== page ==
It poured here all evening so that gave me more time to get a start on my new quilting project. The dogs are not happy that we didn’t get our regular walk tonight. Luckily, we did get a two mile walk in this afternoon. But that’s not enough for any of us. We have a week or so of cloudy but dry weather coming up.
After dinner I gave the dogs chewies to keep them occupied and hunkered down in my sewing room. I finished the first three blocks for this quilt.
I wanted to finish four blocks, but I was tired and made mistakes that I had to pick out on the third block. So I decided it was time to wind down with a little TV instead.
I have to say… I’m really happy with where this is going. I always have some difficulty in picturing what a quilt is going to look like once I’ve selected my fabrics. I was thinking these blocks were going to read darker. And I’m really happy with the red as the diagonal center in each block. I think I’ll see some interesting color blocks appear once I get more blocks done and up on the design wall.
I made four full strip sets tonight. That’s the most time consuming part of making these blocks. I really like to be careful and make sure my seams are accurate and that I press them nice and straight. That means that my blocks will go together nice and easy.
Here’s the first strip set on my ironing board. Holy cow! Look at all that gorgeousness!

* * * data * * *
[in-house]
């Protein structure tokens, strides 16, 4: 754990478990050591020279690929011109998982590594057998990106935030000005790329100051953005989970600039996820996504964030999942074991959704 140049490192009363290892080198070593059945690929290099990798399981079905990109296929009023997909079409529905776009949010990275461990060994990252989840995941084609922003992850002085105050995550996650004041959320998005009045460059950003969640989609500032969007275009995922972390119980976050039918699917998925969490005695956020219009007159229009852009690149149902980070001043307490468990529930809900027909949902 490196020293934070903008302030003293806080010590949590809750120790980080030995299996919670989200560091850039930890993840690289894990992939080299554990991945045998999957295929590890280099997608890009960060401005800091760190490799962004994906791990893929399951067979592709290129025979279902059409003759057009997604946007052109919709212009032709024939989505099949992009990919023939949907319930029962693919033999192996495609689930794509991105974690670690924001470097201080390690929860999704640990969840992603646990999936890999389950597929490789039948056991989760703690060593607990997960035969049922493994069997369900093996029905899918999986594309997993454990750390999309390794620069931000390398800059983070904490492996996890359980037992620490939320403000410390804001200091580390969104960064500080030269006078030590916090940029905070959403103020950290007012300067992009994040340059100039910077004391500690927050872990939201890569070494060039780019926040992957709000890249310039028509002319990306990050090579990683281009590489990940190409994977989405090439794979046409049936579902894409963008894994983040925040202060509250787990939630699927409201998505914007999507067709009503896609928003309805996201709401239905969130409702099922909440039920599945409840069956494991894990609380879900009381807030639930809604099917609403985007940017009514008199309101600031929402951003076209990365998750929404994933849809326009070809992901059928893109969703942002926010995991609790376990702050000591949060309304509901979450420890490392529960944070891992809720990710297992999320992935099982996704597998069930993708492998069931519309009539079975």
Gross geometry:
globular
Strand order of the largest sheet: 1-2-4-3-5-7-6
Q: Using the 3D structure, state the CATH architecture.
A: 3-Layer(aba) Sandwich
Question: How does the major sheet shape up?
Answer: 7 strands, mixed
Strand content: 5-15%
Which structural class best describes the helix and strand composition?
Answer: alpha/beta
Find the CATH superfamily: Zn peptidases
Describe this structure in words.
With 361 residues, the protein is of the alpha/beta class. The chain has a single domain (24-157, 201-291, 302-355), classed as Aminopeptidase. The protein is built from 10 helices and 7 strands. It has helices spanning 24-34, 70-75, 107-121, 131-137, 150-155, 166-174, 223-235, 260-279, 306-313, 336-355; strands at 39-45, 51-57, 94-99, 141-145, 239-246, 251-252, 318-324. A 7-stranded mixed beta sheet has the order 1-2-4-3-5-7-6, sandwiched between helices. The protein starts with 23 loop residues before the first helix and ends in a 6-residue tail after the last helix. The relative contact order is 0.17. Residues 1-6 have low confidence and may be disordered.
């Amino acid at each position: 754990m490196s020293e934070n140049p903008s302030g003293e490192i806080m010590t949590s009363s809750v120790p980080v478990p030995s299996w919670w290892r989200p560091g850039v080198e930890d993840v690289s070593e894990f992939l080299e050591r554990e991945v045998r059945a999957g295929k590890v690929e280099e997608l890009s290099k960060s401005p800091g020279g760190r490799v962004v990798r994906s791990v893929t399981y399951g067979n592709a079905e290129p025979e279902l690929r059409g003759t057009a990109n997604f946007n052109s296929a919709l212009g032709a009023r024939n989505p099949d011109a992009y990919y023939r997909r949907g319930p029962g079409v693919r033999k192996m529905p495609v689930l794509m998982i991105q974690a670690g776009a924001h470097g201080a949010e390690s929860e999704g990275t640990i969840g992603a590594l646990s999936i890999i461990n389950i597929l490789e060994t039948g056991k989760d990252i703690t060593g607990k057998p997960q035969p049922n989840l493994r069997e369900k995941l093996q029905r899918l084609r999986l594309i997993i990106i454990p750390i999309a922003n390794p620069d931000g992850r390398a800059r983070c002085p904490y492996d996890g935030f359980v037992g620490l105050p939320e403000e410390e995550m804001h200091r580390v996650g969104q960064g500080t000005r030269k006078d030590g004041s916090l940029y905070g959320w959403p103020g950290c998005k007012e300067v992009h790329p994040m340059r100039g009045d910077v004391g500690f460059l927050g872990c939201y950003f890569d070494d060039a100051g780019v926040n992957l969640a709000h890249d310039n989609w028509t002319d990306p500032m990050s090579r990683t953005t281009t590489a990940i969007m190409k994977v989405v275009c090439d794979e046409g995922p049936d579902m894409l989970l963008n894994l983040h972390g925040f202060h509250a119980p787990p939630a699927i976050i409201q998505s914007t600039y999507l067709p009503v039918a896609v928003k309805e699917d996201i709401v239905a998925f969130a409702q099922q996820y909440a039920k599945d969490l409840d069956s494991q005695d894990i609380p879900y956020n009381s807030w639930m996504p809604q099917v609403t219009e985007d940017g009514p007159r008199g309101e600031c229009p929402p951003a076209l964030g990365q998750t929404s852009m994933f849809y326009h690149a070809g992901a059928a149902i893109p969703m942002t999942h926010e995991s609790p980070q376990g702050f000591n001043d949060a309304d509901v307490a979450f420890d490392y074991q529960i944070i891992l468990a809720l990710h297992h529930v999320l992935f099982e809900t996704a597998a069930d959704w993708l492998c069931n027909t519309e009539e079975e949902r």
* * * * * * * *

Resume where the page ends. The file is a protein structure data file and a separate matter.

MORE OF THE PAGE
See that big old metal ruler on my ironing board? I use that to make sure my strip sets are straight as I press them. Using a ruler has really helped make my strip sets more accurate and much nicer to work with.
I actually sewed the first block together wrong… and that was after taking a photo of it laid out and admiring it for a while. Why didn’t I see it at this point?
The good thing about making a mistake early on is that it was a great learning experience and now I have a really good system for deciding which seam to pick out in each section.
And speaking of unpicking… I read something recently that said that seam rippers do wear out. They get dull after use and you need to replace them. The seam ripper I’ve been using is a green plastic one that I got after I graduated from college in 1983. I started using it tonight and it was pulling the thread rather than cutting it. So I grabbed a new one that my brother gave me several years ago. It’s a beautiful one a friend of his made out of Myrtle wood. It has a seam ripper on one end and a stiletto on the other end. Instead of a cap, you just pull out the sharp end, turn it around and push it into the handle part.
The sharp ripper really made a big difference! So I can confidently recommend that you occasionally purchase a new seam ripper!
I’ve already selected all the strips for the sets that I need to make. So now I just need to grab a set of six strips and start sewing.
I’ve cut and selected enough strips to make about 46 blocks. That way I’ll have a few extra in case I end up with some that I don’t like.
These blocks will finish at 12 inches square. I’m planning on making this quilt 6 blocks by 7 blocks, which means I’ll need 42 blocks. It will end up about 72 x 84 inches. That’s a nice throw size quilt.
I think this quilt will be a lot of fun to make because each block will be unique. That will keep it interesting.
I will have about 12 inches or so left over in each strip set — not enough to make another block. So I’ll have to come up with a project to use that all up.